History of Wine - Maturation
The practice of aging wine dates back to ancient Egypt, where it was stored in clay amphorae. The Romans, however, were the first to discover the method of storing wine in oak barrels (quercus). The genus Quercus has a wide range of varieties; one of them, Quercus suber (cork oak), is used to make the stoppers found on bottles. Oak is very durable and easy to work with, making it the ideal material for barrels.
Its wood also contains linden trees, structures that help with waterproofing. In addition, its composition is 40% cellulose, 20% hemicellulose, 25% lignin, 10% ellagitannins (hexahydroxydiphenyl esters that provide tannins to wine) and 5% of other chemical components. The effect of wood in wine is intricate and many studies have been done on the chemistry of maturation in oak barrels.
In some cases, oak wood chips (Quercus fragmentus) are used to accelerate the process of obtaining woody aromas; however, the use of these chips is regulated by the legislation of each country. Wine tends to evaporate from inside the barrel at a rate that can range between 2% and 5% of its annual volume (which means a loss of between one and five liters per year in a 225-liter barrel).
Oxygen plays an important role in the aging of wine in barrels. Since 1991, one of the methods used to allow the introduction of limited amounts of oxygen in the fermentation process has been called microoxygenation. Oxygen is essential for the preservation of the colors of red wines, since it allows tannins and anthocyanins to go through a process that is often called oxidative coupling.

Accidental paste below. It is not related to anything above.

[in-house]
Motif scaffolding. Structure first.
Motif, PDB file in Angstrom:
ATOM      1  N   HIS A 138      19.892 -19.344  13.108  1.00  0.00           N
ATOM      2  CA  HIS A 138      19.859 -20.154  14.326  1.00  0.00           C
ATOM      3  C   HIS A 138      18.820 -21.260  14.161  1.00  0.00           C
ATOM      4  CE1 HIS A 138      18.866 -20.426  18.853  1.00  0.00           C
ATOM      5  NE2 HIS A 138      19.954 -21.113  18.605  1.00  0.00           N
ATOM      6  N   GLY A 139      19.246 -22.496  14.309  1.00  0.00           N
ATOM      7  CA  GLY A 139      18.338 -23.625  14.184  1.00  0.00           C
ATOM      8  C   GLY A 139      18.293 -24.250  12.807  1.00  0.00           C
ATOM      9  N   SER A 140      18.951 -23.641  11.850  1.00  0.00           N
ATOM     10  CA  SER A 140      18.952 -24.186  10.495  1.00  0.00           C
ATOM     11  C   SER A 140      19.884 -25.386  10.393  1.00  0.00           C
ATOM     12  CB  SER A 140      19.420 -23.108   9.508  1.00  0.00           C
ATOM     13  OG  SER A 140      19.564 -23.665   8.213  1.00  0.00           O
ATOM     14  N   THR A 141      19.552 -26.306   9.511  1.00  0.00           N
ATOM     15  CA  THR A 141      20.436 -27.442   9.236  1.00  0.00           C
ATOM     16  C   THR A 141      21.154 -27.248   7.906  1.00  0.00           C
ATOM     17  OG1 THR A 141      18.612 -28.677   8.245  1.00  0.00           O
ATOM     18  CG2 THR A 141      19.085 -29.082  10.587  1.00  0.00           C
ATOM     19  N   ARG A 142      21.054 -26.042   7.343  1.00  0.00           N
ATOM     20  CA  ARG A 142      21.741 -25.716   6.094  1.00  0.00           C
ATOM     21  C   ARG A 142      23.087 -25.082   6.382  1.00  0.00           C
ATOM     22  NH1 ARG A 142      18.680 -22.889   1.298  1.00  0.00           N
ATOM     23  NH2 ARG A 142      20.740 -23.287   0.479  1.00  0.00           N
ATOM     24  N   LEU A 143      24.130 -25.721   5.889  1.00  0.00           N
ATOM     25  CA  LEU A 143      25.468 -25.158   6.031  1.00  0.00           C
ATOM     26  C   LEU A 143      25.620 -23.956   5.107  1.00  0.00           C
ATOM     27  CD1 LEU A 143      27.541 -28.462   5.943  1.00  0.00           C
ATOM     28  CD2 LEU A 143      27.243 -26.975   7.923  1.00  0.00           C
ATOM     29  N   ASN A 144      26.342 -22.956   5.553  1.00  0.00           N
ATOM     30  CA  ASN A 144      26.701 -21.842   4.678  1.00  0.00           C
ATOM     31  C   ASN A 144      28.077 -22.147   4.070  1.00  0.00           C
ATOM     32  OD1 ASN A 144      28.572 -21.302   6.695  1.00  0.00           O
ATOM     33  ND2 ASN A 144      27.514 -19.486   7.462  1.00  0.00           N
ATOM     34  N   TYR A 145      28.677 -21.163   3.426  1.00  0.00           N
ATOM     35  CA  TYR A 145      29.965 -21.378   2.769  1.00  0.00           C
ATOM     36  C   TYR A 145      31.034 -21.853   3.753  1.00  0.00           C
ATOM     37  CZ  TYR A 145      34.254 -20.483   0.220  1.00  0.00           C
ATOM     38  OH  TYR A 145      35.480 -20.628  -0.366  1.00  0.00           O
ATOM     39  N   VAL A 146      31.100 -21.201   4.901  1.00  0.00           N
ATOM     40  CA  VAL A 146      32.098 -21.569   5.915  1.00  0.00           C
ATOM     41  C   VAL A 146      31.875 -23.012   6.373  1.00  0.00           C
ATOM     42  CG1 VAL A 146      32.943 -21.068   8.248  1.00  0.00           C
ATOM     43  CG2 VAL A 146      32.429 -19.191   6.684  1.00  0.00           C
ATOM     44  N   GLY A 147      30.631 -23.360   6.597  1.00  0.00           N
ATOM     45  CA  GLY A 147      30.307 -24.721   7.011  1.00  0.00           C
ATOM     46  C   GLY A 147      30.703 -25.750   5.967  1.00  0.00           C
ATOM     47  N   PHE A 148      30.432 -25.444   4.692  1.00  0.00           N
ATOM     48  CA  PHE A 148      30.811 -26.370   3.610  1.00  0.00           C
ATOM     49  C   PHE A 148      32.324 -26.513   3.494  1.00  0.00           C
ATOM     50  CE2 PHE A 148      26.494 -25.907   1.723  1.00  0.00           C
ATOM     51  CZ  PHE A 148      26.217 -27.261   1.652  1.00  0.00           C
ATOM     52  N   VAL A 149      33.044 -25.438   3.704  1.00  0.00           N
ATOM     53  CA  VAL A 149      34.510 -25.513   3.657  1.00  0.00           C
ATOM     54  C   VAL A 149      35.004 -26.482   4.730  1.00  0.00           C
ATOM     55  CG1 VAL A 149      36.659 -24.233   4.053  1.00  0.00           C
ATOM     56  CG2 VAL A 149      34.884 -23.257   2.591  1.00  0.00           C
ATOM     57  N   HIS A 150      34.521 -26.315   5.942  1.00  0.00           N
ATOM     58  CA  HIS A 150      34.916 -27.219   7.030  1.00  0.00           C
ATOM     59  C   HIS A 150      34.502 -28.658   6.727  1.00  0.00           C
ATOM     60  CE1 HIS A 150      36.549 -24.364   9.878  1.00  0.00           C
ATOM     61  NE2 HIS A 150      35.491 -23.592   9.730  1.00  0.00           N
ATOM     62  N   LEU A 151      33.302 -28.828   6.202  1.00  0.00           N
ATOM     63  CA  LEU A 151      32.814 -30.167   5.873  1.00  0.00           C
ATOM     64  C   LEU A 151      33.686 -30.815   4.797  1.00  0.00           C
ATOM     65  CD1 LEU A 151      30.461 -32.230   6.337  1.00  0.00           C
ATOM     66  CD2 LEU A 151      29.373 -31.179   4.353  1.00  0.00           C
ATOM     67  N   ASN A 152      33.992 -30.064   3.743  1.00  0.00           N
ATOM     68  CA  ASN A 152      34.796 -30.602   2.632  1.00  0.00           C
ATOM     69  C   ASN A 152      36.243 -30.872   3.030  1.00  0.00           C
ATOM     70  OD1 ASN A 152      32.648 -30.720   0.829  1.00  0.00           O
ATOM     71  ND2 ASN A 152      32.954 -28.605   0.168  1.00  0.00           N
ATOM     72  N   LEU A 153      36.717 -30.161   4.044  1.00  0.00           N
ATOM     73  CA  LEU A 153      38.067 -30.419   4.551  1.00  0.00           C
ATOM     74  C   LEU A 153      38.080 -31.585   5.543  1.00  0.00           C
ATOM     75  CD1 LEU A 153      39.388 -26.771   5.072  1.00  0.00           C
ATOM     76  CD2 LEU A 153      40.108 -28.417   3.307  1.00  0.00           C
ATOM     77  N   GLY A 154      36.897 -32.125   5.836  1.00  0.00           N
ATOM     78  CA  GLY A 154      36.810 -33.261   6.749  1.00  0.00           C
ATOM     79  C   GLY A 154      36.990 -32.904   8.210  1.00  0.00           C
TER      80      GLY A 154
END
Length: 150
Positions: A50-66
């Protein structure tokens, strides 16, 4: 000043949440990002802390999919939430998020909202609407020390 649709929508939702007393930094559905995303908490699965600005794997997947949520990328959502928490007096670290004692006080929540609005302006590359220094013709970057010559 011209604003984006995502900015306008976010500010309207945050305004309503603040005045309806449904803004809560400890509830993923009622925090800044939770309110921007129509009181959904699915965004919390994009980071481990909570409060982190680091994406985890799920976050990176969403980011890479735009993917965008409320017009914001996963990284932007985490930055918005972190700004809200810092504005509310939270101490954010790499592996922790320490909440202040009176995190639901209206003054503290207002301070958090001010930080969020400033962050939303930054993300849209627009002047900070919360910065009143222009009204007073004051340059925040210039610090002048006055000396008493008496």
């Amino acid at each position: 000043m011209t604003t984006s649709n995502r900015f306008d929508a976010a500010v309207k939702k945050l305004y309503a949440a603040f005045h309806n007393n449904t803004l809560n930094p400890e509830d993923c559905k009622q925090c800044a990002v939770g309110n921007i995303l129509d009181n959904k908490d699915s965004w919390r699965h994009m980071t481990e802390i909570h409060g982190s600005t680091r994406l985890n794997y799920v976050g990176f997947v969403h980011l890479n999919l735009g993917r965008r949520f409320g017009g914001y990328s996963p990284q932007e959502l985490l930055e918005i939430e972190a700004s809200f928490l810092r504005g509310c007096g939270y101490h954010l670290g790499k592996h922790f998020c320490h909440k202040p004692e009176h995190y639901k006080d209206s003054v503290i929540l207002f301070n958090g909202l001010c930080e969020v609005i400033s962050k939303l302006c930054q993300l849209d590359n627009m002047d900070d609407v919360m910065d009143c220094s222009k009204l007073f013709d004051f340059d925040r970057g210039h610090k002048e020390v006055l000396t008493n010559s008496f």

Some generous wines usually go through a series of barrels (criaderas), such as fino, amontillado and oloroso, typical of the Jerez and Montilla-Moriles region. Meanwhile, wines such as vermouth are aged with aromatic herbs (such as artemisia absinthium).
Barrel aging is a process of gradual oxidation of wine. The two most common transformations that occur during this process are the oxidation of phenols and the polymerization of anthocyanins with other flavonoids that produce color and flavor. One of the most common results of this type of maturation is the formation of vanillin as a result of reactions with lignin in wood.
Winemakers usually choose between two types of oak barrels – American (Quercus alba, Quercus bicolor, Quercus macrocarpa) and French (mainly Quercus robur and Quercus sessillis) – and the selection of one of these materials affects the final price of the wine. French oak has a greater capacity to extract solid matter and phenolic compounds, and is also more durable than American oak.
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